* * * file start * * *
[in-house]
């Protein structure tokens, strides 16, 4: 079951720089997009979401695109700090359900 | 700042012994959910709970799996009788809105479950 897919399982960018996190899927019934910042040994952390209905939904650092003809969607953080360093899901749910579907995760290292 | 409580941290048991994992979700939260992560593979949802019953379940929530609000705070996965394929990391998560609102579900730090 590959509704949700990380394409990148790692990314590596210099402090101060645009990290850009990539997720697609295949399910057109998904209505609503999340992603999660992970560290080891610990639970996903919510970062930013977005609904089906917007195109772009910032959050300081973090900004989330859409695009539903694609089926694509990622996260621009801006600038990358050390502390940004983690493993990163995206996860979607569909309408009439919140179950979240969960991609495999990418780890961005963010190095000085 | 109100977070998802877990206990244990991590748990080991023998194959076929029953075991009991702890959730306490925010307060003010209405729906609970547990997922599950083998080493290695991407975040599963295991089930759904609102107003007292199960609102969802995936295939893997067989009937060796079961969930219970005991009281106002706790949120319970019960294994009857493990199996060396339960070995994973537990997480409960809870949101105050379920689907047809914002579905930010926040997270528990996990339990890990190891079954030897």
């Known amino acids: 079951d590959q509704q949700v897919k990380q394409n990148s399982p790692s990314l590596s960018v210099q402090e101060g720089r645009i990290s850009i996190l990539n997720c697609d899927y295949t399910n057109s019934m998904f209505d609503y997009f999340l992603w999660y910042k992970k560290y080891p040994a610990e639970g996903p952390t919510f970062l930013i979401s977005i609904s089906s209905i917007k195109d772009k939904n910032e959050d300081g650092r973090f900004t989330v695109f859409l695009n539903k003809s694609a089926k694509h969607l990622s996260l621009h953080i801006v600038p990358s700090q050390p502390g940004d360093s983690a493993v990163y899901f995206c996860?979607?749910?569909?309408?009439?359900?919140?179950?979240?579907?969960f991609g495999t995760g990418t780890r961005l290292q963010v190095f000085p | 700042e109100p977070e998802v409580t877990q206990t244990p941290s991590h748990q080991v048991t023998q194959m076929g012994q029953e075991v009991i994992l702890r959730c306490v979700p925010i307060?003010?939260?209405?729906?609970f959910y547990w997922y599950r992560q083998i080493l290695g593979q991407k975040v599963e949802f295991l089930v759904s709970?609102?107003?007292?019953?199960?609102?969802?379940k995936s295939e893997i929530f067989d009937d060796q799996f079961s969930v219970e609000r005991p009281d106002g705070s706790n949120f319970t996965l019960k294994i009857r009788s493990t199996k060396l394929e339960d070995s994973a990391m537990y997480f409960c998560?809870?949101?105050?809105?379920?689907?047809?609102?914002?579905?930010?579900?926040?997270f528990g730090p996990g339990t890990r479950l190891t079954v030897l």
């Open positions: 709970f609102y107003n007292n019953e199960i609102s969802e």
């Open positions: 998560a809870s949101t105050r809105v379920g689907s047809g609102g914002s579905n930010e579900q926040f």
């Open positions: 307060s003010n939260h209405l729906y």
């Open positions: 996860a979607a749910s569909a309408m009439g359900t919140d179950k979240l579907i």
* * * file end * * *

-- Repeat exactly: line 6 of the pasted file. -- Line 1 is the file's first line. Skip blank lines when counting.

């Open positions: 307060s003010n939260h209405l729906y």